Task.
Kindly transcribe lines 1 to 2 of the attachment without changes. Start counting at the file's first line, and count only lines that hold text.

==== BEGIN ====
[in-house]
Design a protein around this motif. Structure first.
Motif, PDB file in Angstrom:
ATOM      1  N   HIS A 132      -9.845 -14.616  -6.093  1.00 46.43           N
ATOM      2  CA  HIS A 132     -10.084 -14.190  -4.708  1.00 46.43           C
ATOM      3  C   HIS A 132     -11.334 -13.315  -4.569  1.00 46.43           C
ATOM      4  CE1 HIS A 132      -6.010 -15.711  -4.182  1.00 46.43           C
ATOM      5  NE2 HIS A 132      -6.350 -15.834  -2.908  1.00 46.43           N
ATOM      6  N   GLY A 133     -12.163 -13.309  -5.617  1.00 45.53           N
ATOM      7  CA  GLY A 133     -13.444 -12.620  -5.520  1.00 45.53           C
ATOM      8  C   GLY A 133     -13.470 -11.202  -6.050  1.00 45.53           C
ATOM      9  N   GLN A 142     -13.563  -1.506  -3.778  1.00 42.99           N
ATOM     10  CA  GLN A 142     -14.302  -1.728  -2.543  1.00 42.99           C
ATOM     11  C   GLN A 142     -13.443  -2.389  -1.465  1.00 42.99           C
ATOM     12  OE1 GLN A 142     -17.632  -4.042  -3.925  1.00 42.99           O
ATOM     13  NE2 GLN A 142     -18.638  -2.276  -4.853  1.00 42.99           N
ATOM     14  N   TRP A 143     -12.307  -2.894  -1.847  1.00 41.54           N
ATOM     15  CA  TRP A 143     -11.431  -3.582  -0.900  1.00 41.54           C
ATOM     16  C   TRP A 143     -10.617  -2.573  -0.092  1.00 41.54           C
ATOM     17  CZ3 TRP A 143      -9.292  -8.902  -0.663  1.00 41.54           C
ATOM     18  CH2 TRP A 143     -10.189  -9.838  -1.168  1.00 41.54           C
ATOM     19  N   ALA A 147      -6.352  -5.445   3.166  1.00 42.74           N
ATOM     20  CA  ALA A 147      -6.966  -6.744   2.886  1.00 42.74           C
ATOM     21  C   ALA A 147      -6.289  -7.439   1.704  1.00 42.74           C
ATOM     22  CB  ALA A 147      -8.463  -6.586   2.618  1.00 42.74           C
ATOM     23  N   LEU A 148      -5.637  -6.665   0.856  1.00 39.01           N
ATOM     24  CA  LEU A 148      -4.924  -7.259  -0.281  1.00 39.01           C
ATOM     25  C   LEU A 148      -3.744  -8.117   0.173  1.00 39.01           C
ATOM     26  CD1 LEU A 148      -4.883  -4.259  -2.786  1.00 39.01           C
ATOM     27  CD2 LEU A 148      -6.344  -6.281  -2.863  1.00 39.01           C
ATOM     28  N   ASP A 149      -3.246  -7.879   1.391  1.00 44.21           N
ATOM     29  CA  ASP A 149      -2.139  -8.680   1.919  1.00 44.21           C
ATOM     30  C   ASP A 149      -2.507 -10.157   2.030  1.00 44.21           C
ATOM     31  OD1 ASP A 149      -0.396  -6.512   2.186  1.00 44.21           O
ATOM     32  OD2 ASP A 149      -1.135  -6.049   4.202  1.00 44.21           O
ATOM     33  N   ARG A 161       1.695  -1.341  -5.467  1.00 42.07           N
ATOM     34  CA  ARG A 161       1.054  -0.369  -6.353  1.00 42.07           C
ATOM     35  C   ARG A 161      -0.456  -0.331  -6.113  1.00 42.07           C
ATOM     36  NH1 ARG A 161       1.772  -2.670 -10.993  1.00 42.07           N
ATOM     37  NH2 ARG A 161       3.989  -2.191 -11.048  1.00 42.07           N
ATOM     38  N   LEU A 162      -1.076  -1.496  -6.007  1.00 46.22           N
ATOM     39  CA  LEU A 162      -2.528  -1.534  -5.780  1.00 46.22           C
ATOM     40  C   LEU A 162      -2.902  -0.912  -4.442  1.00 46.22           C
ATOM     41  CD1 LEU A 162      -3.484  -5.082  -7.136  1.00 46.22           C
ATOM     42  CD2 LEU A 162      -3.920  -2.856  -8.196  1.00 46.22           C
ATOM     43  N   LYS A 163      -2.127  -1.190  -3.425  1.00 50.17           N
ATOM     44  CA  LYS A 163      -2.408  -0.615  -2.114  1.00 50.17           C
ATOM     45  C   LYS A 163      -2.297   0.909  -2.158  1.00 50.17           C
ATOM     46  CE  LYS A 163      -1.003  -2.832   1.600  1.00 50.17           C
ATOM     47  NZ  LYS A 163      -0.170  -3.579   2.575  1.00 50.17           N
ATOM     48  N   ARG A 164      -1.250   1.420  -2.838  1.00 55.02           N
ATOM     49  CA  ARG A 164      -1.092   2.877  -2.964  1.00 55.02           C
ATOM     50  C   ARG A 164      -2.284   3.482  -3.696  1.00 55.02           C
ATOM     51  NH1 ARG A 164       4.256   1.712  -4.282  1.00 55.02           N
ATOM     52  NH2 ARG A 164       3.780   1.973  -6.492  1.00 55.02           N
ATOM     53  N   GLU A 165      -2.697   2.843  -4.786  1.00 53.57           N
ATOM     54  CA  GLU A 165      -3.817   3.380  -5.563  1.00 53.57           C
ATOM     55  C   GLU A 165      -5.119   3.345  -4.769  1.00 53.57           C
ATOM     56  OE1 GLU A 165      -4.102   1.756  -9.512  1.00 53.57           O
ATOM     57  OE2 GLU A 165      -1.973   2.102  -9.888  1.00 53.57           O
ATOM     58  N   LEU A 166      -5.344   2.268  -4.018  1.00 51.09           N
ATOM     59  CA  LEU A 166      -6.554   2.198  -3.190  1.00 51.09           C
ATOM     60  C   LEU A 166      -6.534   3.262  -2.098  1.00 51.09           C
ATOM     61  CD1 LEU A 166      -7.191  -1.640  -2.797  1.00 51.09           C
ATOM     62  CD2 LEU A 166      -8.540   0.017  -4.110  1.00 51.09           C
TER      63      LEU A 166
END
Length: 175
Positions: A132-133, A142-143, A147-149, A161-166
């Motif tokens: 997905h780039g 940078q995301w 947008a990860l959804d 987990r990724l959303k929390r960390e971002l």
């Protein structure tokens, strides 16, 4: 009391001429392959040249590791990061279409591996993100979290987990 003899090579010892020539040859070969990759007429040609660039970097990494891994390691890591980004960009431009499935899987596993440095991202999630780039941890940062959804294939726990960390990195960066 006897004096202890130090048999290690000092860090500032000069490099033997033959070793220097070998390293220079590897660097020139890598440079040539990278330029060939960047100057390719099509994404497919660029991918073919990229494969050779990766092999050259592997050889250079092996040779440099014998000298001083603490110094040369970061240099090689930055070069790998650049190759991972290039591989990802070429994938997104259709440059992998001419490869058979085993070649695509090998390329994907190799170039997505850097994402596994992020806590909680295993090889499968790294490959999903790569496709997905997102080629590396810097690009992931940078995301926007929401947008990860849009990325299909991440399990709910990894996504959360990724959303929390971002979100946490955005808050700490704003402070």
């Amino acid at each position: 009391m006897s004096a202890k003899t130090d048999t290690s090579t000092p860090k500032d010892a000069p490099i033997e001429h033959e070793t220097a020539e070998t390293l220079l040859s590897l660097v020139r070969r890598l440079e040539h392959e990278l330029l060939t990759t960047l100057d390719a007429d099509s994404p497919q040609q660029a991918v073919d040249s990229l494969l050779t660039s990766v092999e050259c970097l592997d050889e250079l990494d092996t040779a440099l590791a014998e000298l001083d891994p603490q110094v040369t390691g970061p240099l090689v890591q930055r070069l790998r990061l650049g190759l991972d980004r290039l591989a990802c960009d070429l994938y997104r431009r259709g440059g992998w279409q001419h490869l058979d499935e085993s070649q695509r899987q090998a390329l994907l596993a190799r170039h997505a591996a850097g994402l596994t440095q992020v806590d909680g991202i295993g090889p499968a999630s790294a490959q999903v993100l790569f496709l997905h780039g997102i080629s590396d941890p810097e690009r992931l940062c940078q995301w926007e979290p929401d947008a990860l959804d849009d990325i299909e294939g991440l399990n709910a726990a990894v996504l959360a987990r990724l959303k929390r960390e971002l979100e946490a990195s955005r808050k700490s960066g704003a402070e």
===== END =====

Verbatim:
[in-house]
Design a protein around this motif. Structure first.